Mayfield High School Raiders

History of Mayfield High School

History of Homer/Mayfield School
By Mrs. Eudoxie Lee White and Mr. Huey Fields
For several years there was not a public school   in Homer for Black children. Rev. Roy A Mayfield, a minister and educator, saw the need for a school for Black children, in Homer and surrounding communities. He opened a church school which was named, ‘The Homer Normal lndustrial and Bible Training School” where the Homer Junior High school once stood. Educational courses, first through 12th grades, music, and Bible classes were taught. With the help of churches and other organizations, a two story building was built that included boarding facilities, a dormitory for girls, a barrack for boys, and kitchen facilities for the preparation of meals. Students unable to pay worked on his farm and around the grounds to pay board and a small tuition. The public officials of Claiborne Parish saw the urgent need for a public school in Homer. Rev. Mayfield, with limited support of his school from churches and the public, sold the school grounds and buildings to Claiborne Parish School authorities and built a smaller school on association property where the Friendship Missionary and Educational Building now stands, which he operated for several years. In 1926, Mr. Allen Roy Rushen, a graduate of Wiley College, Marshall, Texas became the principal of the first public school in Homer for Black children. The old, large, two story classroom building was used until it burned. The dormitory, barracks and another small house on the campus were used for classrooms. Principal Rushing was energetic and a good administrator; therefore, a new building was readily erected to house classes first through tenth grades. At that time Mr. G. C. Jones was supervisor of Negro schools in Claiborne Parish. Under the administration of Principal Rushen, enrollment increased, more classrooms were added and more qualified teachers were hired. Mr. Rushen remained principal until 1942. He paved the way for a deeply rooted educational system for Blacks in Homer. The school became a high school under his administration and was named Homer Colored High. From 1943 unäl 1944, Mr. M. M. Coleman served as principal. Mr. Lawrence Webb taught Manual Arts (carpentry), under both Principal Rushing and Principal Coleman. Mr. Webb also served as principal during the 1944-1945 school year. Mr. Rushen went to Leesville, Louisiana as a high school Principal.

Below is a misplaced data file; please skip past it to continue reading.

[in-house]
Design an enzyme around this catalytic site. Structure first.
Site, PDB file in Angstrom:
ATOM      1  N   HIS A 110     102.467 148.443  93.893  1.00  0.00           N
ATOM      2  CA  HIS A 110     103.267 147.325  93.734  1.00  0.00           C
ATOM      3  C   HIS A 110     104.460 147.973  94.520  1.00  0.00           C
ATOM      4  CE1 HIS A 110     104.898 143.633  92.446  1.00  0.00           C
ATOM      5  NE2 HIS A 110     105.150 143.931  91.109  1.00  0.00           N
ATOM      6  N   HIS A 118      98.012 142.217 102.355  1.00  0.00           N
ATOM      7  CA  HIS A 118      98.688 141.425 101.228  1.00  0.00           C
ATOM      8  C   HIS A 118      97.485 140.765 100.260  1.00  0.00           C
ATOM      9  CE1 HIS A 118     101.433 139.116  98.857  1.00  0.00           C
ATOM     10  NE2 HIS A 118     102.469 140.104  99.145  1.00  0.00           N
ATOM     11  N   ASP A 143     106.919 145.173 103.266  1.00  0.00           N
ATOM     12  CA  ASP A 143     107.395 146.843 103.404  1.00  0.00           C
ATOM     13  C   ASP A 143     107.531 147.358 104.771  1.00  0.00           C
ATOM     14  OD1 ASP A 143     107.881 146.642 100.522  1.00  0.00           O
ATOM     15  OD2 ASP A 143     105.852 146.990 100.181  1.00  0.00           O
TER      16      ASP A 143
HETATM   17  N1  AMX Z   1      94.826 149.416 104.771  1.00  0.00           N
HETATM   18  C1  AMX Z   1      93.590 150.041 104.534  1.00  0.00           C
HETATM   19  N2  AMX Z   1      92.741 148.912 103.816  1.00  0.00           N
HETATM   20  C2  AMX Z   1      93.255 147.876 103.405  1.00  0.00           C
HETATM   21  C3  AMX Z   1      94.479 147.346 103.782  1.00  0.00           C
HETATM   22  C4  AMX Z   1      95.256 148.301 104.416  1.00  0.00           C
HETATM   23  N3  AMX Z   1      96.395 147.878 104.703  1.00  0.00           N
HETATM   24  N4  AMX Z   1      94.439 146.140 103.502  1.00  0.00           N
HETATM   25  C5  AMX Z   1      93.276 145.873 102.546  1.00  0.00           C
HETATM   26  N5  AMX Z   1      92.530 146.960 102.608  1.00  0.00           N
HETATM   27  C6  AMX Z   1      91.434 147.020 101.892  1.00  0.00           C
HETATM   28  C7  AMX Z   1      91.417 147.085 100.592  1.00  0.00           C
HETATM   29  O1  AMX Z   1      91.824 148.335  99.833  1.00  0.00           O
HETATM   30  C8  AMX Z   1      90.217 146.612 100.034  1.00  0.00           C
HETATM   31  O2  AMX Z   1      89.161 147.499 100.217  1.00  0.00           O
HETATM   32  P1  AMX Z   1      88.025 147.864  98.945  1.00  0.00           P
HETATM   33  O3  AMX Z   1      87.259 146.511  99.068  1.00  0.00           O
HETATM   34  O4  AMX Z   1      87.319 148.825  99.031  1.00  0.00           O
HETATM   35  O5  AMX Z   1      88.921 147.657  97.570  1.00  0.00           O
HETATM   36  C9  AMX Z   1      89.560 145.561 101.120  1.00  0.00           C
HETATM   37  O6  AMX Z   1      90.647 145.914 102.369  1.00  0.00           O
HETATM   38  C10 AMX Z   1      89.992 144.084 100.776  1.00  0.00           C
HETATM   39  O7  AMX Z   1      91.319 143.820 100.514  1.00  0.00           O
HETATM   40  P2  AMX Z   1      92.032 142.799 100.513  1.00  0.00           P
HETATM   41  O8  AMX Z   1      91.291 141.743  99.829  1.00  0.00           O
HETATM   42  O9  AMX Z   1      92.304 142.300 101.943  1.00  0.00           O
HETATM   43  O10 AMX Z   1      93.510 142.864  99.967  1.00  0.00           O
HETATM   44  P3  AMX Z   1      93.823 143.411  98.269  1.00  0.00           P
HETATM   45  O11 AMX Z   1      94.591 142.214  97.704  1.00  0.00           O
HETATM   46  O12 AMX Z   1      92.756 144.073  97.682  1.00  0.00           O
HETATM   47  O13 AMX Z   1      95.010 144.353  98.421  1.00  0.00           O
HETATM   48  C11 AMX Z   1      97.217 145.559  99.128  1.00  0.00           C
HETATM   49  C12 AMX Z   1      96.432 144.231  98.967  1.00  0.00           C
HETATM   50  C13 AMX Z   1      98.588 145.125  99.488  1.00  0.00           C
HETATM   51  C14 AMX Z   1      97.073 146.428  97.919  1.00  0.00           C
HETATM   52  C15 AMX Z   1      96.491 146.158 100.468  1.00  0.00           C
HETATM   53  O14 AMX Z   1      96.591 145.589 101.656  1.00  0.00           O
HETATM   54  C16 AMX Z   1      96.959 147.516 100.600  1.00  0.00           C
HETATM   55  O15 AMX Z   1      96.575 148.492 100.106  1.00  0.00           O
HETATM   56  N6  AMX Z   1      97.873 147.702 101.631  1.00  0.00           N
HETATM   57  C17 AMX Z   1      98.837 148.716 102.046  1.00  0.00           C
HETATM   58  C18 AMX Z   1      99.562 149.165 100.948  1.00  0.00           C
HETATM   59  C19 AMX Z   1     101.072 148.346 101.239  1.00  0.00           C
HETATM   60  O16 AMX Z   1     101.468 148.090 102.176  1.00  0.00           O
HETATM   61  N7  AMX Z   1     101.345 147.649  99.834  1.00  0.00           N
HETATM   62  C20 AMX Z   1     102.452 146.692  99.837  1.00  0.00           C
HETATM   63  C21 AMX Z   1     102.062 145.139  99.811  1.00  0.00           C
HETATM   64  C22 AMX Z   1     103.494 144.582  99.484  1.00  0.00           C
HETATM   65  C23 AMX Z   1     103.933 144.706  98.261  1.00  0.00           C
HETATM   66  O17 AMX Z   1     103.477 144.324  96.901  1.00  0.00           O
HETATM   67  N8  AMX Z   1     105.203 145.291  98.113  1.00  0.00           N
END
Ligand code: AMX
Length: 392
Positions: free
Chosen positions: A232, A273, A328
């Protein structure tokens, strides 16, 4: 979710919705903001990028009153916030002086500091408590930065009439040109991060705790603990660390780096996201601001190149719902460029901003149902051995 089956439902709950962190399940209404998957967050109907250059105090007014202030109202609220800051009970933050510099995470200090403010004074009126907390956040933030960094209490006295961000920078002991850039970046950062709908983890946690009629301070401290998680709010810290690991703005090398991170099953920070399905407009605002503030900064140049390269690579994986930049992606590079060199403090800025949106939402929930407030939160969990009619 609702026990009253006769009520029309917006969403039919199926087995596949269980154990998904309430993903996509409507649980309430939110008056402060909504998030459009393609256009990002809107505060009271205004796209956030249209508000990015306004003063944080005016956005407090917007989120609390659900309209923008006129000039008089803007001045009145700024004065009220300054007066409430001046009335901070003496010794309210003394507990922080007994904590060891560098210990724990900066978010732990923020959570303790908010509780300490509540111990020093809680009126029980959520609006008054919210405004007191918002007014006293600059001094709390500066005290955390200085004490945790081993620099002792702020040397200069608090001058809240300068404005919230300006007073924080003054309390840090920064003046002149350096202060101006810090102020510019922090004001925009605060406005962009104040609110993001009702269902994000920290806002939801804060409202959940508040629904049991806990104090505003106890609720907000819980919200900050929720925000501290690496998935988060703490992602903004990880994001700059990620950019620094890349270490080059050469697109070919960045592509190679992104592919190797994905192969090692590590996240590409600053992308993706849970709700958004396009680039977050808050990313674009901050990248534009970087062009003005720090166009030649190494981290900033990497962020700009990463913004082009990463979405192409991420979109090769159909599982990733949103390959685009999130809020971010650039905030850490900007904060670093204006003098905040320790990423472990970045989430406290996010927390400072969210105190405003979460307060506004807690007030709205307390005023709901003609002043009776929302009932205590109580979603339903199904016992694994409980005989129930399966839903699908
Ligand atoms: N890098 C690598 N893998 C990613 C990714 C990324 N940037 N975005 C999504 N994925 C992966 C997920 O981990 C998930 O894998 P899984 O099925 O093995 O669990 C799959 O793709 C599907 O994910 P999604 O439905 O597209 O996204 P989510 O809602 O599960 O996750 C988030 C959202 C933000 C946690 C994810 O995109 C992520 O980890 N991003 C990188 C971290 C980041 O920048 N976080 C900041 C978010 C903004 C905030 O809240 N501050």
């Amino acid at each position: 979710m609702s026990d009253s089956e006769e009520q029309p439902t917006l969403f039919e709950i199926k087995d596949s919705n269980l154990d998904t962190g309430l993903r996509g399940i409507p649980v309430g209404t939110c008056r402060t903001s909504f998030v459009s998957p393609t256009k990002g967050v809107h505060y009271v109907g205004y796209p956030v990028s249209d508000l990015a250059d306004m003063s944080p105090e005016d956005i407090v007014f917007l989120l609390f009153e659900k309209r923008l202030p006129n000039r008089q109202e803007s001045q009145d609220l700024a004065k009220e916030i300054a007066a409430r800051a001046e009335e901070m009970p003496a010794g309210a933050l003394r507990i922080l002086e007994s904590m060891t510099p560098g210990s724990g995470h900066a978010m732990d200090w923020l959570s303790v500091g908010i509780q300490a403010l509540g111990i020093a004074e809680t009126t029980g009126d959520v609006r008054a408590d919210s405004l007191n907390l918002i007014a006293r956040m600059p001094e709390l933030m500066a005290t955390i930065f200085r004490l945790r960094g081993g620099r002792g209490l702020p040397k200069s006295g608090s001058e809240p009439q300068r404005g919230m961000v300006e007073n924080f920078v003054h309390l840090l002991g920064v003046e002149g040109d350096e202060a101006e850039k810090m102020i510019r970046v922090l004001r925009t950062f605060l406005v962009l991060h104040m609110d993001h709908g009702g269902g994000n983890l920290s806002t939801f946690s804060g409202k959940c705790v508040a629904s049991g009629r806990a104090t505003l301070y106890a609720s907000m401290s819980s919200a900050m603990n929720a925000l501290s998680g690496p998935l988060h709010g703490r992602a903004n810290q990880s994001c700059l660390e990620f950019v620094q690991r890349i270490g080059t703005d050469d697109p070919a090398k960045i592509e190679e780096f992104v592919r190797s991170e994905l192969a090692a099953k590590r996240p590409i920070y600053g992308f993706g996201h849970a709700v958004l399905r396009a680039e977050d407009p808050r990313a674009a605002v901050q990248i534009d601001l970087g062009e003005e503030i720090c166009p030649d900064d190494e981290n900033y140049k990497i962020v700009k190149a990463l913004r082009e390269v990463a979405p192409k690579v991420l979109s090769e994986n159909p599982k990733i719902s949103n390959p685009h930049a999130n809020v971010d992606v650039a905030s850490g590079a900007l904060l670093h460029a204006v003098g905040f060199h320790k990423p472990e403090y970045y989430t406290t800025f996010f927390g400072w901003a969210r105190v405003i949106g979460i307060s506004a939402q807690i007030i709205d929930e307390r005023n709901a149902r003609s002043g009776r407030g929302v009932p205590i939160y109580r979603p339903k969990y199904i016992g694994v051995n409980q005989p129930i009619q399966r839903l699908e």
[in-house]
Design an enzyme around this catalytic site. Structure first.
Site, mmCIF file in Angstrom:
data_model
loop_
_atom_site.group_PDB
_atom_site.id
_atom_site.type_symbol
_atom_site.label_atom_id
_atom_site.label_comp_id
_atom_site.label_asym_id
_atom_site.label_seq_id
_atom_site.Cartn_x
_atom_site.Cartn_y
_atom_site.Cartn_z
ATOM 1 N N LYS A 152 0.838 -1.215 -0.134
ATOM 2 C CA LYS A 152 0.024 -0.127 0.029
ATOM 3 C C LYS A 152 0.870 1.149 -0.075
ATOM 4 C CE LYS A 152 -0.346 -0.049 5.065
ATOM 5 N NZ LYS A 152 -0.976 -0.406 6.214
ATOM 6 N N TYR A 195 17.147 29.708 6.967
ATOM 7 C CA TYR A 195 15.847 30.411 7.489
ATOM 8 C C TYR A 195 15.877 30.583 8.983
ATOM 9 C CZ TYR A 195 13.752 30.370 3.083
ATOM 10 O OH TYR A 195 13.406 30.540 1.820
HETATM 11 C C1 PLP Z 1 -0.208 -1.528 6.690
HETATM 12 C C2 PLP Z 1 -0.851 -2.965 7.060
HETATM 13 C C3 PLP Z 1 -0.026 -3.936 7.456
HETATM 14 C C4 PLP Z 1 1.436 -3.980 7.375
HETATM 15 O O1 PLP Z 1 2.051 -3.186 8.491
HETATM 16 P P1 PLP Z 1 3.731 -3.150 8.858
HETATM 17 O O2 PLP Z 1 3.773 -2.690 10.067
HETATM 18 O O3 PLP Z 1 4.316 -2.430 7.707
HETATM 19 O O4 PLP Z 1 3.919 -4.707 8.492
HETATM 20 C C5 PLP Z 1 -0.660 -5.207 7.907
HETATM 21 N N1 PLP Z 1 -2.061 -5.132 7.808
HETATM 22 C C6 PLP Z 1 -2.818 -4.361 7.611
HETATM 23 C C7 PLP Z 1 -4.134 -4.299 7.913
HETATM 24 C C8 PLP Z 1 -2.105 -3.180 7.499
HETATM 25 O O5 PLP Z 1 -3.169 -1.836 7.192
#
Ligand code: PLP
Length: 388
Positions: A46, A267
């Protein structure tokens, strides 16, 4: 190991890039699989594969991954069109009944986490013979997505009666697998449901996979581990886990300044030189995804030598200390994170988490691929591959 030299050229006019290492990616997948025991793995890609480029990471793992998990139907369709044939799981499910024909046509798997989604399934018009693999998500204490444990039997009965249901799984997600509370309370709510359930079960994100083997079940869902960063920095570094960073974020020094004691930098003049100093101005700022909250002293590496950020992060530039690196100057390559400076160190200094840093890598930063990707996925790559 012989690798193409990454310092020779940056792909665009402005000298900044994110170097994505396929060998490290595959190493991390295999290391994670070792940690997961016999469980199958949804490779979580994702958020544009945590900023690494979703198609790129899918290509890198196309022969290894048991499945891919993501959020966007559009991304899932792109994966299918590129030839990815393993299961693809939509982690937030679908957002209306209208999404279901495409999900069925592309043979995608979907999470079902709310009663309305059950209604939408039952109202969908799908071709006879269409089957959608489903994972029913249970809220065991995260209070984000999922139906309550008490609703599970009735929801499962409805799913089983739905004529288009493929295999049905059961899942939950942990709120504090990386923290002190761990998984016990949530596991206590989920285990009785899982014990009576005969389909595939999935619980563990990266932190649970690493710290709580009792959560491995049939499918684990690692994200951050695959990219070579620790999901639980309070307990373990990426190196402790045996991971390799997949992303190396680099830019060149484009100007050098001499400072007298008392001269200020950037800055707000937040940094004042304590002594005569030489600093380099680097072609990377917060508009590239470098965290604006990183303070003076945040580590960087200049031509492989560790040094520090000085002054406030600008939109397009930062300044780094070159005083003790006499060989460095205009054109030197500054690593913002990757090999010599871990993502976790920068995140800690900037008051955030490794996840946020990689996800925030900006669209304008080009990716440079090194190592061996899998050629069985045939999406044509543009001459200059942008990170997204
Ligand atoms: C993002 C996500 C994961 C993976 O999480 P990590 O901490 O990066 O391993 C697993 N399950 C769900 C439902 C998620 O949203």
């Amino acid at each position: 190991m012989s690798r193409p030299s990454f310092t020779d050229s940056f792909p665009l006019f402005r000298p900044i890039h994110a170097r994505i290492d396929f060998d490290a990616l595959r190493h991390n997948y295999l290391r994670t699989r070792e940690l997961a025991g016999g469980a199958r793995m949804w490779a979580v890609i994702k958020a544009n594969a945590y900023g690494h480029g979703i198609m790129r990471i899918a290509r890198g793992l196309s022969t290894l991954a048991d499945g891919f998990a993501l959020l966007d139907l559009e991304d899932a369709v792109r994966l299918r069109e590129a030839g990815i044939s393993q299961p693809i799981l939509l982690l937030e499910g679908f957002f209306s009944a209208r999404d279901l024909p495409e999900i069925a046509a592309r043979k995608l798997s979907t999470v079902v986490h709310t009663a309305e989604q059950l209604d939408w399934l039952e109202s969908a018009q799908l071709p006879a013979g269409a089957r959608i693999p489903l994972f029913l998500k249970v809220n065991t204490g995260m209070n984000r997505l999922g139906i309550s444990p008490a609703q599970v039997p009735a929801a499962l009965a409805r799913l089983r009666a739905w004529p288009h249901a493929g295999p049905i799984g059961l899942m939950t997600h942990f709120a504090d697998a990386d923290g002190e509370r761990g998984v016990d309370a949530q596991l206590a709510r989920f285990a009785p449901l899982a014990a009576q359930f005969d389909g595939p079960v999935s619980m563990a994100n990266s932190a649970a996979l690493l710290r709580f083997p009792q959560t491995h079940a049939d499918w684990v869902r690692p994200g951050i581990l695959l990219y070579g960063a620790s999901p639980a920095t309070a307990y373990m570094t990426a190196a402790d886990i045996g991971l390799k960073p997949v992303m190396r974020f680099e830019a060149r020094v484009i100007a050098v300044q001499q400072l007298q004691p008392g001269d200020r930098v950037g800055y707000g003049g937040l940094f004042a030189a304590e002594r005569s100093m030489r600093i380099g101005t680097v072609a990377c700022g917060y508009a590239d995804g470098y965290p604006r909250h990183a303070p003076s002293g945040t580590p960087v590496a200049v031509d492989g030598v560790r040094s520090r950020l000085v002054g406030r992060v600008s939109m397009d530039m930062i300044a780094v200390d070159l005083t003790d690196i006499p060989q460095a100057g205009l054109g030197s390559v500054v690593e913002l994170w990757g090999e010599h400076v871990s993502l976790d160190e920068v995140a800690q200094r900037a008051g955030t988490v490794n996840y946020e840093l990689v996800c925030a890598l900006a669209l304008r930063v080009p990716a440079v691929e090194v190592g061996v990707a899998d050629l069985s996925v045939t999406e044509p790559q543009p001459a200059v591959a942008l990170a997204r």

Professor John S. Davis came to Claiborne Parish in 1926. He taught at Forest Grove Elementary School with Mrs. Irene Jones Thompson Ward. Later Professor Davis was appointed principal of Claiborne Parish Training School, previously St. John, and the first four-year High School in Claiborne Parish for Black children.

In 1945 Professor Davis became the principal of Homer Colored High School, which was later named Mayfield High School. A principal’s home, Home Economic cottage, and a shop later called a Vocational Arts School, was built under his administration. A football program was also organized.The following Shop teachers taught under Professor Davis: Mr. Lawrence Webb, Mr. Nathaniel Johnson, Mr. N. F. Harrison, Mr. Carter Lee Shaw and Mr. Huey Fields taught carpentry; Mr. Booker T. Watts taught Masonry. Under Professor Davis the school was departmentalized to meet State Department’s Educational Standards.

Principals were in this order:

  1. Mr. Allen Roy Rushen    1926 -1942    4. Rev. John S. Davis 1945 – 1958
  2. Mr. M. M. Coleman        1942 – 1944   5. Mr. N. F. Harrison 1959 – 1966
  3. Mr. Lawrence Webb      1944 – 1945   6. Mr. Huey V. Fields            1966 – 1970

A new dimension was added to Mayfield in the fall of 1966. A state and federally funded kindergarten program was begun under the umbrella of the then Title I Program.

Over the years Mayfield students won many awards in local, district, and state competitions. Top enrollment at Mayfield was nine hundred twelve boys and girls and forty-four faculty members.

Approximately six pieces of heavy duty playground equipment was purchased for the elementary department in the spring of 1967.

A van was purchased in the fall of 1968 to assist coaches and teachers with the transportation of students to and from sports and literary events locally and district-wide. The entire student body and the teachers were involved in a fund-raising project to purchase band uniforms when the schools in the Parish were ordered to integrate beginning with the